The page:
Salt Sucks!

I got home on Friday and found a nice white envelope waiting for me.  There was no return address and they spelled my name right so I ripped it open.  What I found was a package of handouts neatly placed in a glossy duo tang from McDonald’s.  I get this sort of stuff from time to time and I was about to toss it into the recycling.  I guess I was bored because I decided to read it instead.  Basically, it was written to convince dietitians like myself, that McDonald’s serves healthy foods. 

I consider myself a person (or dietitian, or mother) who is flexible and always open to new possibilities.  But McDonald’s trying to sell me on the concept of healthy eating? C’mon……now that’s a stretch.  They even used Canada’s Food Guide in an attempt to convince us that they serve quality food.  Overall, fast food restaurants are problematic due to many reasons but one that is particularly worrisome these days is the excessive amounts of sodium in the food.  Here is the problem with the material sent from McDonald’s there was NO mention of sodium anywhere.  It’s a lie of omission. Incidentally there were scores of other issues with this package that incensed me but I am choosing to focus on salt for this blog.

Salt 024Hypertension, also know as high blood pressure is quickly becoming an epidemic in developing countries.  We are eating at least double the recommended sodium intake on a daily basis. The Canadian recommendations suggest an upper limit of 2300 mg of sodium per day. This is equivalent to about 1 teaspoon of table salt.  Even if we ditch the salt shaker, we are still getting insidious amounts of sodium from our food.  That is why we need stay informed.

Salt is used in the chemical reaction that makes bread rise.  Therefore, salt is present in most bread.  You need salt to make cheese.  So, imagine how much sodium in a slice of pizza or cheeseburger?  You might think there is a lot of salt in a bag of chips. You would be right but there is also a ton of salt in breakfast cereal too.  Canned soups have long been known to carry a huge salt load but so does the prepared tomato sauce you might toss over cooked pasta.  This is just a sample of some of the common foods we eat without paying attention to the salt content.  In order to actively reduce the amount of salt we eat, it is necessary to read the labels and choose lower sodium food products.

Fast food restaurants have the resources available to conduct laboratory analysis of their foods leading to appropriate food labeling.  If we know exactly what is in the food then at least we can make a choice. Luckily, this is the case and you can access this type of information on many fast food websites.  So, I went on to the McDonald’s site and found sodium amounts for all of their items.  I feel it is incredibly irresponsible of McDonald’s to put forth documentation about their food quality and withhold info about the salt content. At least it’s available on their website.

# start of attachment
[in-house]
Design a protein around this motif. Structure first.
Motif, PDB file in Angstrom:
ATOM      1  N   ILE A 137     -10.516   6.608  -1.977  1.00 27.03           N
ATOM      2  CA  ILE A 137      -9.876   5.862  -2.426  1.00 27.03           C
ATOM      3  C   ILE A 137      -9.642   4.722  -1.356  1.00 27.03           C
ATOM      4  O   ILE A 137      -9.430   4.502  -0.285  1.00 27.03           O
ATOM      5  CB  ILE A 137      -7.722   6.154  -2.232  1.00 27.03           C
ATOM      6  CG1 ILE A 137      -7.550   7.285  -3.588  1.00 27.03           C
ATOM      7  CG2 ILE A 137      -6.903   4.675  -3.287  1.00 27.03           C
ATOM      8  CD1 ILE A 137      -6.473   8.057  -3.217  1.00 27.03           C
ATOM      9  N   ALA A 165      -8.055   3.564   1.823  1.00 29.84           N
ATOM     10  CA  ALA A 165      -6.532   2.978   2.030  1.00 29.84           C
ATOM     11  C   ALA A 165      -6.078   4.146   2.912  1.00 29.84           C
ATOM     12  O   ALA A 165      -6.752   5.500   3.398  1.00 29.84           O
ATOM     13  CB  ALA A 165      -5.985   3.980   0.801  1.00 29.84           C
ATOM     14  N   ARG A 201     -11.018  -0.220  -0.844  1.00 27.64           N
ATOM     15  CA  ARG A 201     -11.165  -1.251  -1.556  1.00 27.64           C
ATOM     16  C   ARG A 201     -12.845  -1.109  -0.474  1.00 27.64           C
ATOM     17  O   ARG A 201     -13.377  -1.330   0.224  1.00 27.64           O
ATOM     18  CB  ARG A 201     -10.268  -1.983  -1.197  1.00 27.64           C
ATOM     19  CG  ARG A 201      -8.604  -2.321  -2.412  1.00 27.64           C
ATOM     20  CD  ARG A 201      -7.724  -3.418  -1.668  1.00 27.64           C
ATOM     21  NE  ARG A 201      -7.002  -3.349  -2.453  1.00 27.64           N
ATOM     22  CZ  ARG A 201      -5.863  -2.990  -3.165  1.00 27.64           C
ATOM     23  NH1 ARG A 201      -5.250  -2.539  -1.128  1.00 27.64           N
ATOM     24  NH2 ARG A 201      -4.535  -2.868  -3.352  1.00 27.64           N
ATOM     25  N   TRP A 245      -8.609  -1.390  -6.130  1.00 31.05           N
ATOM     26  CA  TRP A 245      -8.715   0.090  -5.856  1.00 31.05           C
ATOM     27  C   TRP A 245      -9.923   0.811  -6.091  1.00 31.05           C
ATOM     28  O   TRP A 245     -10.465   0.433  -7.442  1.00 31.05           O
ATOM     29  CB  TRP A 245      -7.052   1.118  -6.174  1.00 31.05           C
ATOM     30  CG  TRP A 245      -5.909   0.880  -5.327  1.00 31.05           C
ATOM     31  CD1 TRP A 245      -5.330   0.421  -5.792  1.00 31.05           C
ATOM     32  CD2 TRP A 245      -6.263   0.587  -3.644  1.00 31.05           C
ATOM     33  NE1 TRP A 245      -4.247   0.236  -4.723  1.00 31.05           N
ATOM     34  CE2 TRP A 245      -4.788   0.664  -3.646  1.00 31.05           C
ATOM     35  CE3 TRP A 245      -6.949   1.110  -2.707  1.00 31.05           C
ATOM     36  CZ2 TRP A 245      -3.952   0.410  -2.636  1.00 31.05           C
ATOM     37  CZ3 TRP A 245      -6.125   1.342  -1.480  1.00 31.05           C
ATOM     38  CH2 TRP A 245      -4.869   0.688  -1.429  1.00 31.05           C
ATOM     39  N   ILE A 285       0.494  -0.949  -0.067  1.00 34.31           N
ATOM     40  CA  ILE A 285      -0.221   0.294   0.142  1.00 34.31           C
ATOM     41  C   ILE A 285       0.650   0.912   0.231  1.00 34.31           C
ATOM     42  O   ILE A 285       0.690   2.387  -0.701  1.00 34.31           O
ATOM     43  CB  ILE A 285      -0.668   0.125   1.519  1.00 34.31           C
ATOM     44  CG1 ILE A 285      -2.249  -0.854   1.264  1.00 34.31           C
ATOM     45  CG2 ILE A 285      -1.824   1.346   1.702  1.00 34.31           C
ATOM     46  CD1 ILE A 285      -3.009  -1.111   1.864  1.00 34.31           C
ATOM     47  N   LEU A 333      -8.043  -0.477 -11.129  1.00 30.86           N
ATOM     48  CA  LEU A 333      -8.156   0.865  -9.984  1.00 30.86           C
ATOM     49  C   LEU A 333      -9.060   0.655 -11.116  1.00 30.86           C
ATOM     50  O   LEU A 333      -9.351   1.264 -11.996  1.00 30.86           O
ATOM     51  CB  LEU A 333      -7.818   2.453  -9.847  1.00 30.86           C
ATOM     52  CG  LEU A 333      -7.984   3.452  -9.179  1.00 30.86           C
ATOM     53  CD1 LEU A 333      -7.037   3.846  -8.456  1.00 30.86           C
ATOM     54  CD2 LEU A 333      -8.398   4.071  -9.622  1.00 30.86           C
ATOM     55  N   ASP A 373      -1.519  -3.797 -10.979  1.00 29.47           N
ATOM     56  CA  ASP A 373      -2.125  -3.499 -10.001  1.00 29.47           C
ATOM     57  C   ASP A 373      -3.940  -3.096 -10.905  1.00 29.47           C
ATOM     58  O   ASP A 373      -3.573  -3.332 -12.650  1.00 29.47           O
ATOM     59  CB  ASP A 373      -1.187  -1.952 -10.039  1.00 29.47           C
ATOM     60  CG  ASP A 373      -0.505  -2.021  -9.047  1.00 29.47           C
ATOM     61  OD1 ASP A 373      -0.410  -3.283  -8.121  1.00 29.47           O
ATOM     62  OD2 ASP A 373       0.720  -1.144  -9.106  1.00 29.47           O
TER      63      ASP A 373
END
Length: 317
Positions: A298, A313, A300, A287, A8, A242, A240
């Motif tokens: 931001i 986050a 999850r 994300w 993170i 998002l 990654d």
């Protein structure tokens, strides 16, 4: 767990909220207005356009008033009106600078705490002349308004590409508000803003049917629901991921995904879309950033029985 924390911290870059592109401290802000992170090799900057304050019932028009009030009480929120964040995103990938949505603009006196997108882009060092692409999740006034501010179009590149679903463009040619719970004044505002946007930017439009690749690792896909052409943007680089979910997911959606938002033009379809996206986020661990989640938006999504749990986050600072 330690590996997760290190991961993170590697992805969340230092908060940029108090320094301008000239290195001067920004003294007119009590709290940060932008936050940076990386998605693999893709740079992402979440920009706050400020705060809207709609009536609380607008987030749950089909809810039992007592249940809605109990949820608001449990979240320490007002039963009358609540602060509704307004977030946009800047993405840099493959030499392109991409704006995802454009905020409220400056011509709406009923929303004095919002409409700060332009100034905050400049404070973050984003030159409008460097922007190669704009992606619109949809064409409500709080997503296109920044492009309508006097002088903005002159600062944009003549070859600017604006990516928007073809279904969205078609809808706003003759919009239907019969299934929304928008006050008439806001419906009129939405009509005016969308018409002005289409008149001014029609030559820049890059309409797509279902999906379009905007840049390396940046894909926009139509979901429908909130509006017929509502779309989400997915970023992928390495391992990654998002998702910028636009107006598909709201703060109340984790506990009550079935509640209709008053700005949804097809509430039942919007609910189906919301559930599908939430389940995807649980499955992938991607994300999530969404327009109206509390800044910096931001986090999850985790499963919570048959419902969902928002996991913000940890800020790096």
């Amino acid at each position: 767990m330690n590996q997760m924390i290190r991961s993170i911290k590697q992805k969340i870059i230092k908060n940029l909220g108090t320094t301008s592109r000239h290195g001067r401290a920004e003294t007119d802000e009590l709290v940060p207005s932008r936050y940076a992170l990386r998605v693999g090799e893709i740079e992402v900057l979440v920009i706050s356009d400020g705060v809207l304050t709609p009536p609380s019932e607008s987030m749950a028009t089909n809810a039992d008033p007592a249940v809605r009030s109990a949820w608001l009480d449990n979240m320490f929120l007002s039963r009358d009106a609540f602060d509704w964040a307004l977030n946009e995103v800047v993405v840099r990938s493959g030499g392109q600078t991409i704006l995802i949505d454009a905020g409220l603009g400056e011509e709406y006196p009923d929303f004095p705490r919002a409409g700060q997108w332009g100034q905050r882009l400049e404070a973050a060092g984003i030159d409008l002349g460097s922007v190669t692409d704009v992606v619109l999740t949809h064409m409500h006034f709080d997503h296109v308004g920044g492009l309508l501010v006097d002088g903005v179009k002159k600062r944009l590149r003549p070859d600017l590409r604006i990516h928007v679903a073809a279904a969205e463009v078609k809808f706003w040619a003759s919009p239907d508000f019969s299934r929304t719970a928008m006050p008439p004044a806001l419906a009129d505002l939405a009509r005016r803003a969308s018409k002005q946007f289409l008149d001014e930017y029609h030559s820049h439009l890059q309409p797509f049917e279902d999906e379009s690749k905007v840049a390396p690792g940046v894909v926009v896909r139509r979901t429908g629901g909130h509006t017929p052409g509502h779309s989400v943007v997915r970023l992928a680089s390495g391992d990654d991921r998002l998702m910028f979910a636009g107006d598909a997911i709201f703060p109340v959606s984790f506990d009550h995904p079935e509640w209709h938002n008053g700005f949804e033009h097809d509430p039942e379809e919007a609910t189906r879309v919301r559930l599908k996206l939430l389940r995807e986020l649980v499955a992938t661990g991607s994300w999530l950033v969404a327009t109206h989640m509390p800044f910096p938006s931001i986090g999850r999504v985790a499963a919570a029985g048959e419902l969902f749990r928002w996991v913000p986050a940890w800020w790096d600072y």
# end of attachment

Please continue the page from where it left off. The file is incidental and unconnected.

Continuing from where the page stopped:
I urge you to go to the McDonald’s website and look through their menu items for ingredients and nutrients.  Select the items you think are the least offensive to eat and then post them in the comments section on this blog.  I will review your selections and discuss. 

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6 thoughts on “Salt Sucks!

  1. The only thing I can imagine that would be remotely low in sodium would be a side salad with no dressing and apple slices, and that isn’t complete meal at all. People aren’t knowledgeable or educated enough about food like this so they can be fooled by campaigns and ads that say they are “healthy” choices. It’s really sad!

  2. Real sea salt, or things like the grey salt from Normandy, for instance, are great to sprinkle liberally over your food as they are actually way lower in sodium than table salt (which is what is causing all these problems) and they have the added value of being high in other essential minerals that are missing from the typical North American diet.

  3. @Nicole Indeed the side salad has very little sodium. Check out some of the other salads. The sodium amounts are staggering. @Andrea if you serve only 3/4 cup and mix it with some tuna it is a better choice. It does have less sodium than the cheese burger. @Ilana sea salt, Kosher salt, the lovely salt from Holt Renfrew’s cafe taste way better than iodized table salt. However, it is essential to keep salt intake tight with high blood pressure. Even those wonderful salts can pose a problem for those with HTN. I didn’t mention potassium intake in my blog. But is an important mineral to help balance sodium in the body and can be found in bananas, avocados and beans to name a few.

  4. Hi I’m discovering your blog today. It’s always nice to see that other dietitians can get angry too.
    As someone who goes to McDonald’s more than I should, I can tell that the sodium info is also printed on most of their products.
    But it doesn’t change the fact that the material they sent out to dietitians was pretty lousy. I am yet to find one colleague who found something positive in this environmental disaster.
    Great to reed you, one more blog to check out now!

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